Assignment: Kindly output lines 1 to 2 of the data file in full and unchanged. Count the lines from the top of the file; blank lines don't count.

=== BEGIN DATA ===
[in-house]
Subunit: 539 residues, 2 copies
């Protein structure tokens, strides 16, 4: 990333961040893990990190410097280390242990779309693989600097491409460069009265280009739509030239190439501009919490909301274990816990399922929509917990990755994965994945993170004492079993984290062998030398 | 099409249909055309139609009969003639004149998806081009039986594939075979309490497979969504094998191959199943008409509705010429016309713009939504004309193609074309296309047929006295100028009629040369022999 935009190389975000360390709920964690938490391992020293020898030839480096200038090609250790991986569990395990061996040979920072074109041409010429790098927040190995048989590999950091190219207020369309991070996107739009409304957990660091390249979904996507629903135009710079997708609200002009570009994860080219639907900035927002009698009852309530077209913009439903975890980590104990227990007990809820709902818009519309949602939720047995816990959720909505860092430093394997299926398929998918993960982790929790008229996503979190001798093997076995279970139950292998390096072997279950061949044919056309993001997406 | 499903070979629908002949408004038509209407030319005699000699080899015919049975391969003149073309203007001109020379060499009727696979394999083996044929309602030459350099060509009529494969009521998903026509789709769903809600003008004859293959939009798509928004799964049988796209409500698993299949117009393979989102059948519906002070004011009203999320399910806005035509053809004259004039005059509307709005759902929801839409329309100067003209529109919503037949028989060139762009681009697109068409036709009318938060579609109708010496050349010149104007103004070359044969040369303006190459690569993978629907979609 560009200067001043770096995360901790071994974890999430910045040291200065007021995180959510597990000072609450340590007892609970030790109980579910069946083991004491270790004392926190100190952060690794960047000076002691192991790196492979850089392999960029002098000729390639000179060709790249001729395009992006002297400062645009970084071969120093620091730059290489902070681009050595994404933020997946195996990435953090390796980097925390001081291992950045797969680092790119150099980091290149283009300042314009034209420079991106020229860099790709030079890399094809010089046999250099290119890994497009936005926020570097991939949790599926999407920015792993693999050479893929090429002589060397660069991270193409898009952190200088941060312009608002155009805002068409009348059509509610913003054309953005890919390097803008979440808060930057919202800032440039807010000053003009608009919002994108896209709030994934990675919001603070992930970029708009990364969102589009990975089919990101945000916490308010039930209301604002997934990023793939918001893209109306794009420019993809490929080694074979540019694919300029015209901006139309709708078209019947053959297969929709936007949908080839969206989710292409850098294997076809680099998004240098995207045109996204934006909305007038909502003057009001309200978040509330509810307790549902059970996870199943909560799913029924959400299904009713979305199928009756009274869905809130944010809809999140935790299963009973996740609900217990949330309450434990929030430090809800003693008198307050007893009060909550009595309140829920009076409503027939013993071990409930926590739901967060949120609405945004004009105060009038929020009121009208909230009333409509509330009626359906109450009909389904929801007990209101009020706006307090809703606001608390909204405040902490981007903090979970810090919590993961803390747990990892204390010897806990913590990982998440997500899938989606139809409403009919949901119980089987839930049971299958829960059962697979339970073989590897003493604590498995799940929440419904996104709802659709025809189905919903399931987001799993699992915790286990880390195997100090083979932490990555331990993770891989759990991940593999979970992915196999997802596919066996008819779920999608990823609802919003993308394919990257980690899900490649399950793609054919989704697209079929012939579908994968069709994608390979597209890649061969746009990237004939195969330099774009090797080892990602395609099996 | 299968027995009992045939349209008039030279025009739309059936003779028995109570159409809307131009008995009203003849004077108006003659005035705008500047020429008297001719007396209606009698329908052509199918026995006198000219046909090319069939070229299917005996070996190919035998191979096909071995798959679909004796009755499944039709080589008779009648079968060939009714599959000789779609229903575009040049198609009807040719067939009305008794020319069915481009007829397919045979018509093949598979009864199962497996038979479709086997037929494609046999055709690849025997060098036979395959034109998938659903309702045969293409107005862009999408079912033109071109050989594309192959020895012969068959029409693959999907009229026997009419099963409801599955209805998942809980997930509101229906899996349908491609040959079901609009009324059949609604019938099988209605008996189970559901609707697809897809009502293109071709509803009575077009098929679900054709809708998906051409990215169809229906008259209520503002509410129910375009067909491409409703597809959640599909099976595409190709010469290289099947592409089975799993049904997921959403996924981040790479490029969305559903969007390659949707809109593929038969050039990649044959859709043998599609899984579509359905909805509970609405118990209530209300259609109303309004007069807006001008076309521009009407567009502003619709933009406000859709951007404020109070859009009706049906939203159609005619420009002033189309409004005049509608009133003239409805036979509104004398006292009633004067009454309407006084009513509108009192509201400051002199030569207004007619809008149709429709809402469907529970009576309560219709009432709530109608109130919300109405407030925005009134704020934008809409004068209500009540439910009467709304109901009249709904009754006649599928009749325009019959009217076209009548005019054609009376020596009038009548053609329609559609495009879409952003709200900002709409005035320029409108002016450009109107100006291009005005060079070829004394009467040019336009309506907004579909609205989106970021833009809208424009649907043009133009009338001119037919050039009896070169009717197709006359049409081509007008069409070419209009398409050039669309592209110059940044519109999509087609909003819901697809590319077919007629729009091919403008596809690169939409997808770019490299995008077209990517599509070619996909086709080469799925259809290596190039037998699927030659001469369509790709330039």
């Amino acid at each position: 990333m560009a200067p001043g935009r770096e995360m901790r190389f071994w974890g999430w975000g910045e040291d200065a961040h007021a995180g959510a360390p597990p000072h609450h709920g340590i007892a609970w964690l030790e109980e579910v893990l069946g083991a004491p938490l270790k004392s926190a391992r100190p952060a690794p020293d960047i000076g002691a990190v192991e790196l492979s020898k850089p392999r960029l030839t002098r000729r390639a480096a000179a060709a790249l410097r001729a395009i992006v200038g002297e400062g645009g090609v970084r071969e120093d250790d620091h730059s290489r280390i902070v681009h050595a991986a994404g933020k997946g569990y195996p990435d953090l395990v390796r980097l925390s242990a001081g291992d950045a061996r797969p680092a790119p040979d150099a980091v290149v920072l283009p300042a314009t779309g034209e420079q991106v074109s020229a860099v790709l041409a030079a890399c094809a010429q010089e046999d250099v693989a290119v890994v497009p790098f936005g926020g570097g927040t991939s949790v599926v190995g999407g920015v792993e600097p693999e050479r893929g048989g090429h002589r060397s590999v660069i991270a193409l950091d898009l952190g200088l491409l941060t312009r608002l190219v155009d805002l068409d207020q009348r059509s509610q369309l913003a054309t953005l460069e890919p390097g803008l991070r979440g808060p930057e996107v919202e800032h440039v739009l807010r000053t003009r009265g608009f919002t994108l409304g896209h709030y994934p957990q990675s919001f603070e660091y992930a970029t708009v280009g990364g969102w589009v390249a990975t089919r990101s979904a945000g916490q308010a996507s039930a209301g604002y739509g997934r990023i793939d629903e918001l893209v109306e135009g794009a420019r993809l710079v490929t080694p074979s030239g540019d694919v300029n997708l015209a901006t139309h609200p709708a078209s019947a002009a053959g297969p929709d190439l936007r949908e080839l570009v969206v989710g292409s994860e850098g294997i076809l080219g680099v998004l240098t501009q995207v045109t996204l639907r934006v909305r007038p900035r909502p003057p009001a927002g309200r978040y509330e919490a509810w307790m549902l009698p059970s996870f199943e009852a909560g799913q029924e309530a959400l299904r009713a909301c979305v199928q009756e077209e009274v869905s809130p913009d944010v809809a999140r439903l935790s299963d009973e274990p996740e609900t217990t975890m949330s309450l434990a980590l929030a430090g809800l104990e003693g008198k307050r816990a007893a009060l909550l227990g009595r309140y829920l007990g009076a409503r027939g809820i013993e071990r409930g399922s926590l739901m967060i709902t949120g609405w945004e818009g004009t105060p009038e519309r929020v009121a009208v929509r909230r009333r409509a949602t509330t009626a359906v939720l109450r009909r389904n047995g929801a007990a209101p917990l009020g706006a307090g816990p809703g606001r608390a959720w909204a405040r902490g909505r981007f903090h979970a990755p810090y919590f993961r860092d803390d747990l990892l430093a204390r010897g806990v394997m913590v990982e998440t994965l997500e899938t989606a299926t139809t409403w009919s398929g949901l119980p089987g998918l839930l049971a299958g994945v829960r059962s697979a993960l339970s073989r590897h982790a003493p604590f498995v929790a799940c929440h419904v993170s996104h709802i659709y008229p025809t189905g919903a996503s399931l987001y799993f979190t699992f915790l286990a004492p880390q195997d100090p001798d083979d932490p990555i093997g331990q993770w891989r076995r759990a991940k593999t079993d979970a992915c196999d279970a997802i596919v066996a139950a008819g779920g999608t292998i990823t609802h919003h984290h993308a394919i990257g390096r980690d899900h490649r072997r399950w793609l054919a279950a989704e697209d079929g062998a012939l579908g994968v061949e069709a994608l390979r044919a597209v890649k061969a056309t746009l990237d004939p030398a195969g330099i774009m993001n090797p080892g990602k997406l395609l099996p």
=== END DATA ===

[in-house]
Subunit: 539 residues, 2 copies